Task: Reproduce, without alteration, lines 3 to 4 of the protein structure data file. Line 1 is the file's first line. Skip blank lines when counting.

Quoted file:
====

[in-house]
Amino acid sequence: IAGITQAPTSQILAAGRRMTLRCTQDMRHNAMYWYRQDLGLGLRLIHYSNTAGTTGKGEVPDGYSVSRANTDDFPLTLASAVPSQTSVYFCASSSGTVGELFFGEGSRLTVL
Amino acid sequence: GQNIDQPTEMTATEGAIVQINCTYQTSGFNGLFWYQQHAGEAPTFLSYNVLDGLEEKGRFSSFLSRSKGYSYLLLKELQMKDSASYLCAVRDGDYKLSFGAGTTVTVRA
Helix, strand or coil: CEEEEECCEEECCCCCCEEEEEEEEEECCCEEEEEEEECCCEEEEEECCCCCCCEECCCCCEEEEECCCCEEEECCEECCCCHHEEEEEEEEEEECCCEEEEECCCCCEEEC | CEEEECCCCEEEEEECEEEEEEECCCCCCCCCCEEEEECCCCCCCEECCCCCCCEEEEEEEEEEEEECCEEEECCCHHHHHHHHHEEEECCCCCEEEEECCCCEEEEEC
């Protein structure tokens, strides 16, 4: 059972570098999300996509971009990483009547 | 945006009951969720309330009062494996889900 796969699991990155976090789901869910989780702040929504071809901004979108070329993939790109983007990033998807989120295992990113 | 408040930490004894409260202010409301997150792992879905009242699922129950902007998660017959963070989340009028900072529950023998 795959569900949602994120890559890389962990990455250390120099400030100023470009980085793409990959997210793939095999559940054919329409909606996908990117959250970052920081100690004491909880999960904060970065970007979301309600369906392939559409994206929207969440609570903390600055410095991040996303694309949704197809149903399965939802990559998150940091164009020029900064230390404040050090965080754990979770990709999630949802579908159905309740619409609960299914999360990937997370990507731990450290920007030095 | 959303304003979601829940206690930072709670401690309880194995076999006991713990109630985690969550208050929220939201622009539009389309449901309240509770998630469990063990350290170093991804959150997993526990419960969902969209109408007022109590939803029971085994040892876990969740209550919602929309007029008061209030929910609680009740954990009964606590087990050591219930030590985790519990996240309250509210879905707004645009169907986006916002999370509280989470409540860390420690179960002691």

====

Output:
Amino acid sequence: GQNIDQPTEMTATEGAIVQINCTYQTSGFNGLFWYQQHAGEAPTFLSYNVLDGLEEKGRFSSFLSRSKGYSYLLLKELQMKDSASYLCAVRDGDYKLSFGAGTTVTVRA
Helix, strand or coil: CEEEEECCEEECCCCCCEEEEEEEEEECCCEEEEEEEECCCEEEEEECCCCCCCEECCCCCEEEEECCCCEEEECCEECCCCHHEEEEEEEEEEECCCEEEEECCCCCEEEC | CEEEECCCCEEEEEECEEEEEEECCCCCCCCCCEEEEECCCCCCCEECCCCCCCEEEEEEEEEEEEECCEEEECCCHHHHHHHHHEEEECCCCCEEEEECCCCEEEEEC